Buying Your First House For Dummies
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You can never have too much information when shopping for your home. This comprehensive list was developed by real estate professionals to help you maximize your home buying experience. From looking at your budget to examining closing costs, this list can assist you from start to finish.
Buying a house can take as little as a few days if you're buying in cash, or can take years if you're counting the amount of time it takes you to save money for a down payment and decide where to live. In a competitive housing market, you may put in multiple offers on homes before one is accepted. Conversely, mounting worry over a housing recession could lead more sellers to pull their homes from the market, making it more difficult to find a suitable property. If you already have your money saved and have a good idea of the neighborhoods and type of home you want, the process will probably take you two to six months. Ask a local real estate agent for a more accurate timeline based on your local market conditions.
Buying a house requires a lot of time and effort, but these 10 steps can help make the home buying process more manageable and help you make the best decisions for your personal and financial situation.
Lenders will arrange for an appraiser to provide an independent estimate of the value of the house you are buying. The appraiser is a member of a third-party company and is independent from the lender. The appraisal will let all the parties involved know that you are paying a fair price for the home.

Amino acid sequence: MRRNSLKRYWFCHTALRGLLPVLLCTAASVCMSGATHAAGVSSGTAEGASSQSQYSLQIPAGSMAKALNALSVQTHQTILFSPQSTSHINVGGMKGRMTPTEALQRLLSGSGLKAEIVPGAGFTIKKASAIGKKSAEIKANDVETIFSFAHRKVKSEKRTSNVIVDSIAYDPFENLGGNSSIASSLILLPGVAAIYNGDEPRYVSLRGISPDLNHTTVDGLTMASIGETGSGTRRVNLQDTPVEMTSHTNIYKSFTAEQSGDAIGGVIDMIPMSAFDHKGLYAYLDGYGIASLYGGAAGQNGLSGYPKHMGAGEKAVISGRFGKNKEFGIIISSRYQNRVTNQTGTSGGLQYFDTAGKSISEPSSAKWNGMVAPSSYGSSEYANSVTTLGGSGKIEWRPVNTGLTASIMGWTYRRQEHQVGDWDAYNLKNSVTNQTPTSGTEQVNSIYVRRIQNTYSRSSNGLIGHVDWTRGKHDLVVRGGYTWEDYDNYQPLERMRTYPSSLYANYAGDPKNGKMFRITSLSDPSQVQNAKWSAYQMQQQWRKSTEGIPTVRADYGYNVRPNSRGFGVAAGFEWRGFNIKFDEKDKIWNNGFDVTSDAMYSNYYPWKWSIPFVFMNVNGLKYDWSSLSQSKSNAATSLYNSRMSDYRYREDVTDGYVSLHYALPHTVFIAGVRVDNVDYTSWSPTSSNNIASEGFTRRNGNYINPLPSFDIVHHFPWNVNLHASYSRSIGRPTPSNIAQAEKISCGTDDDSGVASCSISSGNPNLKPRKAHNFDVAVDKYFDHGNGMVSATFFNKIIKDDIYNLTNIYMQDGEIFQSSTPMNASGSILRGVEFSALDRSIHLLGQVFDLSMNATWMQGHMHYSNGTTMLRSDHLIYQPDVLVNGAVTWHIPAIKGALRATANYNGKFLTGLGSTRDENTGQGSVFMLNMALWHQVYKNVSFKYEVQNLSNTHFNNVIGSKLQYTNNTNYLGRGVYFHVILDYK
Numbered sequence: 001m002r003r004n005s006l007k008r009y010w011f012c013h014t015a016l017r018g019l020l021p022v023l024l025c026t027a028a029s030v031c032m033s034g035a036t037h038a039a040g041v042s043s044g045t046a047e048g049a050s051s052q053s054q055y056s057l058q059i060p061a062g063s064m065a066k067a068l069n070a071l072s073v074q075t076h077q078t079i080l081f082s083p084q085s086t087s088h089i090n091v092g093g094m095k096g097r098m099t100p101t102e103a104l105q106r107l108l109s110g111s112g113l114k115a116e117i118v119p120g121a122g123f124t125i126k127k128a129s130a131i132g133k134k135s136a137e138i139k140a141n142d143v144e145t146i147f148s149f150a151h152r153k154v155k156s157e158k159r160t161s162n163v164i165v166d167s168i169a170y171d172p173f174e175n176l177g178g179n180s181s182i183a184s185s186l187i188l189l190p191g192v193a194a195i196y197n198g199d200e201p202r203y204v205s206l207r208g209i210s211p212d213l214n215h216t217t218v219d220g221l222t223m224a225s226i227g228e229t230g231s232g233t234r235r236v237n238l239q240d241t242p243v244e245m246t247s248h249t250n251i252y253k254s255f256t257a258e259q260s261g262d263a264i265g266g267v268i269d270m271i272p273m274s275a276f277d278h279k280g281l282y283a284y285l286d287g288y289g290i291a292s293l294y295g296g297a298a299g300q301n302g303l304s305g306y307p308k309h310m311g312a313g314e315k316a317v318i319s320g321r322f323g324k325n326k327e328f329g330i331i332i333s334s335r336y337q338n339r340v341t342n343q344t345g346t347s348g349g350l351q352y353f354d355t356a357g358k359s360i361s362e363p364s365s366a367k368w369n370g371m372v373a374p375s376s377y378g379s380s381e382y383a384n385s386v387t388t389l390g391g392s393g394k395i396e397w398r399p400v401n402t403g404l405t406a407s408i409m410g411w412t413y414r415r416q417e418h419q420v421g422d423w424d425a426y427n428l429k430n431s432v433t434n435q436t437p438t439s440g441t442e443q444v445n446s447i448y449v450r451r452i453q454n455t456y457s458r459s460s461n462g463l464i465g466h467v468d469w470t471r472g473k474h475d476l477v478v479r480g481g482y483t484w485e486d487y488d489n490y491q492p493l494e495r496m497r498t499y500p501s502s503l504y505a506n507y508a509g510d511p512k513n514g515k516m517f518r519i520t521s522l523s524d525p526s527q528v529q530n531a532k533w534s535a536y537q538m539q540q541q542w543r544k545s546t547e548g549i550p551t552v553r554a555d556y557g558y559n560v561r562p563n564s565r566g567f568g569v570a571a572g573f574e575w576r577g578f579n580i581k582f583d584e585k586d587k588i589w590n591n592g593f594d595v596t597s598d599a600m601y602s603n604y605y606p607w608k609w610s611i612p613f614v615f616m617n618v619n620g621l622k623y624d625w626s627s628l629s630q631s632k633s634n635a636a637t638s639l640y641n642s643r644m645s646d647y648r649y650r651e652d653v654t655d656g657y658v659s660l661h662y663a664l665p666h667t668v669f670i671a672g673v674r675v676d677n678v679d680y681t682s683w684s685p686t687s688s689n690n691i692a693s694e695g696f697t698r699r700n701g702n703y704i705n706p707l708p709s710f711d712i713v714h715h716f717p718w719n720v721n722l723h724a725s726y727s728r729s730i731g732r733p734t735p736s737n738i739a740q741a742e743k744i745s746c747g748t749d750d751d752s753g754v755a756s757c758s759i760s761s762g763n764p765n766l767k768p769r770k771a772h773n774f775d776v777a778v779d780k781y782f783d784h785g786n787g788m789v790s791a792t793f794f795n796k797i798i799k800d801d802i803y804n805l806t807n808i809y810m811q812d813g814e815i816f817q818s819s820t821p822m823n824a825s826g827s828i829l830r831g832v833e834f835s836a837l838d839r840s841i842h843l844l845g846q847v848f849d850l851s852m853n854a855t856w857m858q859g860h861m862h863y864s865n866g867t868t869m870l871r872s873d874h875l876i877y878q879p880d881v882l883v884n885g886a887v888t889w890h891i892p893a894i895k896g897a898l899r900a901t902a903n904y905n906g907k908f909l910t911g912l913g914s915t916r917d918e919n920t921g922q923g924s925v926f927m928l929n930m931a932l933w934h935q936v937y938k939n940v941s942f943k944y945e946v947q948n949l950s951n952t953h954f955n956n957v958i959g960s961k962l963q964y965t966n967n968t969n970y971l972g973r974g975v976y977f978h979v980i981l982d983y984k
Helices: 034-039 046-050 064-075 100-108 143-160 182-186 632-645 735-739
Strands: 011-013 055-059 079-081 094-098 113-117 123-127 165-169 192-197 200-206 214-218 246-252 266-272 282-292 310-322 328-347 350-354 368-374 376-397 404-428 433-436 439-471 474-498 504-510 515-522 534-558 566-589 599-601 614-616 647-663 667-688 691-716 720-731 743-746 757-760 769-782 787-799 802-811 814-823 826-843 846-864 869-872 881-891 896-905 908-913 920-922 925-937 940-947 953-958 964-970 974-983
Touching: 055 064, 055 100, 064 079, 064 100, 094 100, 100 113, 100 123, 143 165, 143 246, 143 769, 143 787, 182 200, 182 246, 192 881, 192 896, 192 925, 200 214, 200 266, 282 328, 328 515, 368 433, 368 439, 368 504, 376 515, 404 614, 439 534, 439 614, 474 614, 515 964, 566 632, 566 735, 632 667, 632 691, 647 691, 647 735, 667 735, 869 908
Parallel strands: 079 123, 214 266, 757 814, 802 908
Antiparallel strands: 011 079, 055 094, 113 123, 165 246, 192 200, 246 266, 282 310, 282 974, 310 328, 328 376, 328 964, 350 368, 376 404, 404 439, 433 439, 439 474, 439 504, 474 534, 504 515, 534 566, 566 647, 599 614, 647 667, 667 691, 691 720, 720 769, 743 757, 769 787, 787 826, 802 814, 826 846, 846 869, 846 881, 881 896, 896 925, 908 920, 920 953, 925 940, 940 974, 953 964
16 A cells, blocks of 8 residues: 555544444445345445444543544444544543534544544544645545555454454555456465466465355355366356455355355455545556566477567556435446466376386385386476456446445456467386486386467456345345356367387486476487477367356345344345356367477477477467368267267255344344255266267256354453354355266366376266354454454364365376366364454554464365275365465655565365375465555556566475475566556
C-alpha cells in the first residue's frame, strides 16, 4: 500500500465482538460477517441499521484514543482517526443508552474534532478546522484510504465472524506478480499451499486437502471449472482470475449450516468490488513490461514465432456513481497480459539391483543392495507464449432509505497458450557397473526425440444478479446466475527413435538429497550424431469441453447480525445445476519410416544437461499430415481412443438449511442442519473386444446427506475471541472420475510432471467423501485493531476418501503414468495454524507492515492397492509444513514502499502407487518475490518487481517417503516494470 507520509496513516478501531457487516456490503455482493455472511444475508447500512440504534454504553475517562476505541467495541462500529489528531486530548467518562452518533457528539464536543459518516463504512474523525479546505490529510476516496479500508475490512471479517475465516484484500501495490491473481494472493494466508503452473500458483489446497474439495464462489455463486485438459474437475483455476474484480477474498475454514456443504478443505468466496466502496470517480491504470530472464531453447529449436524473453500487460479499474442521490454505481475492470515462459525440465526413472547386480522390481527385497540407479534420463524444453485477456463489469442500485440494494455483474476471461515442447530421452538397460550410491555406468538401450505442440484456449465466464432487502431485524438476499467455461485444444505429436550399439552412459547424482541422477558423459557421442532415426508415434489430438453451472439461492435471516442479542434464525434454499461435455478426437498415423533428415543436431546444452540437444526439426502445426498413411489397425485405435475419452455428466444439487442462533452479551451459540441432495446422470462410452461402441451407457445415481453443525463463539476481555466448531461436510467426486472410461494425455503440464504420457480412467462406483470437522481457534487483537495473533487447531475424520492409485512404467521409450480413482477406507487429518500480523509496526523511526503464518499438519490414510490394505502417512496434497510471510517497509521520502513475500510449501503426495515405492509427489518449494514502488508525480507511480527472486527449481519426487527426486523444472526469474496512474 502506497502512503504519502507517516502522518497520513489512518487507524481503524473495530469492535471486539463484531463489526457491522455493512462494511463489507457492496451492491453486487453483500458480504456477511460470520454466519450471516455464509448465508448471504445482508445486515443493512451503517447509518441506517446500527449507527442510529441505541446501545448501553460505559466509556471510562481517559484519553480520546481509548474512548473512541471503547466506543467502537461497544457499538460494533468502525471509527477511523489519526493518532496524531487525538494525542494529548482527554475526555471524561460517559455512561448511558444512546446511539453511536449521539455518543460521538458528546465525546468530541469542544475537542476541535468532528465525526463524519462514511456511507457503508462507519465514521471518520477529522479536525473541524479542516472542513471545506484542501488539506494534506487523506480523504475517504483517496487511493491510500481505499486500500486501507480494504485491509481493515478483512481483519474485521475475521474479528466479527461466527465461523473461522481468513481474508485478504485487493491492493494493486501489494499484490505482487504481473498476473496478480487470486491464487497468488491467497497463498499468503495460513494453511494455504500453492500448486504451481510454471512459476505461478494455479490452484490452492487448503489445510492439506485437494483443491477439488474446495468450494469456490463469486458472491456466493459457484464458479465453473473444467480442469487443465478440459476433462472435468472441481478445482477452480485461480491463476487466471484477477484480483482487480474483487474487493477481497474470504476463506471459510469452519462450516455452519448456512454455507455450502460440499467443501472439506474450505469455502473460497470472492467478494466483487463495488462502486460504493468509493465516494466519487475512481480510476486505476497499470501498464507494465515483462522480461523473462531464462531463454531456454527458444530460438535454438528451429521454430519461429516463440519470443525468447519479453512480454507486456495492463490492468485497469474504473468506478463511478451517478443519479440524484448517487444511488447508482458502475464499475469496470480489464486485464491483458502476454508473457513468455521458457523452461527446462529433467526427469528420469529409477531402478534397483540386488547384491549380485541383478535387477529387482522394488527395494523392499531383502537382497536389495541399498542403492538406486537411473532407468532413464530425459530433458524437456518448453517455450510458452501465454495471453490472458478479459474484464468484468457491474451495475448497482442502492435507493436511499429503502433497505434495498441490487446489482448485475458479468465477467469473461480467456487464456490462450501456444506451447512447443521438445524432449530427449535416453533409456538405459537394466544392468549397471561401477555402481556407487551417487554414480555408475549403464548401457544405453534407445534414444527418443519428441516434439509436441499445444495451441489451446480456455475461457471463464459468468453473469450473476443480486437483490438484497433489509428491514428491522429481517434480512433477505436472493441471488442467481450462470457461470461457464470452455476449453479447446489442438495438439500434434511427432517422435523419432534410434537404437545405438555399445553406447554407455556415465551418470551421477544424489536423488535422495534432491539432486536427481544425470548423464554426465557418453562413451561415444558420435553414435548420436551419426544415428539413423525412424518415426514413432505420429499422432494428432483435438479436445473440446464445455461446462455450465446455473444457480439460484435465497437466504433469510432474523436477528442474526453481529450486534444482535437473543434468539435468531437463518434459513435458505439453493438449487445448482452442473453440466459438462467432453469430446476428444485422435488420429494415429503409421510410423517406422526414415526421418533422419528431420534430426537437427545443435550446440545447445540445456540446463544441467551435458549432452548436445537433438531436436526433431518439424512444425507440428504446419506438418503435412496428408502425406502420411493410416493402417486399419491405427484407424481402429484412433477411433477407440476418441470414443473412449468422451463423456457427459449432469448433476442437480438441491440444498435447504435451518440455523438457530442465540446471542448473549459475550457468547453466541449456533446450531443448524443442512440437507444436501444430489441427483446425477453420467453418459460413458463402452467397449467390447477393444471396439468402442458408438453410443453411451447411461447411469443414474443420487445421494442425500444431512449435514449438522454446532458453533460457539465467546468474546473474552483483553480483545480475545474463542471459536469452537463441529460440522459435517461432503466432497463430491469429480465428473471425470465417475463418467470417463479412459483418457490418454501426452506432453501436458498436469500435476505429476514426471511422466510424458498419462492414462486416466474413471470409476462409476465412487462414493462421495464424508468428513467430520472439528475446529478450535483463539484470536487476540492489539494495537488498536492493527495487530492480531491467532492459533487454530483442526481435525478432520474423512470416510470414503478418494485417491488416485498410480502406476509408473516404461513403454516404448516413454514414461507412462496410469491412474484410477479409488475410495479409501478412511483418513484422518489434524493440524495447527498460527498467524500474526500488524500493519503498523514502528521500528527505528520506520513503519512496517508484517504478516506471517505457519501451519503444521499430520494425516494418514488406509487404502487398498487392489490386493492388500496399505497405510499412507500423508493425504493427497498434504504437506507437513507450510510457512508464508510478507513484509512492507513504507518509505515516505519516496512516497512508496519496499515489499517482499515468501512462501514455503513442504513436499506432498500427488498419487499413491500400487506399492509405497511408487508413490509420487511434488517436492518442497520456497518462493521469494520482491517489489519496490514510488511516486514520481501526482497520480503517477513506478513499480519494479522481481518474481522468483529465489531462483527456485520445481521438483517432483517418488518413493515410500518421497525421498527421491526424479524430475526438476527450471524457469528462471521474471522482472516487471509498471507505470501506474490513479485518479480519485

As you can imagine, there is a lot of paperwork involved in buying a house. Your lender will arrange for a title company to handle all the paperwork and make sure that the seller is the rightful owner of the house you are buying.
This guide takes a look at saving for a deposit, how to start your house search and the process of buying a house. We also talk about the finer details like finances, mortgages, and moving in.
Down payment: Buying a home with no money down is possible, but most homeowners need to have some cash for a down payment. A down payment is the first major payment you make on your loan at closing.
There are multiple parties involved when getting a mortgage and buying a house. Your real estate agent is your representative in the home purchase transaction. Your agent will look out for your best interests by finding homes that meet your criteria, get you showings, help you write offers and negotiate.
A real estate agent represents you and helps you understand how to buy a house. Your agent will show you properties, write an offer letter on your behalf and assist in negotiations. Real estate agents are local market experts and can also advise you on how much to offer for each property.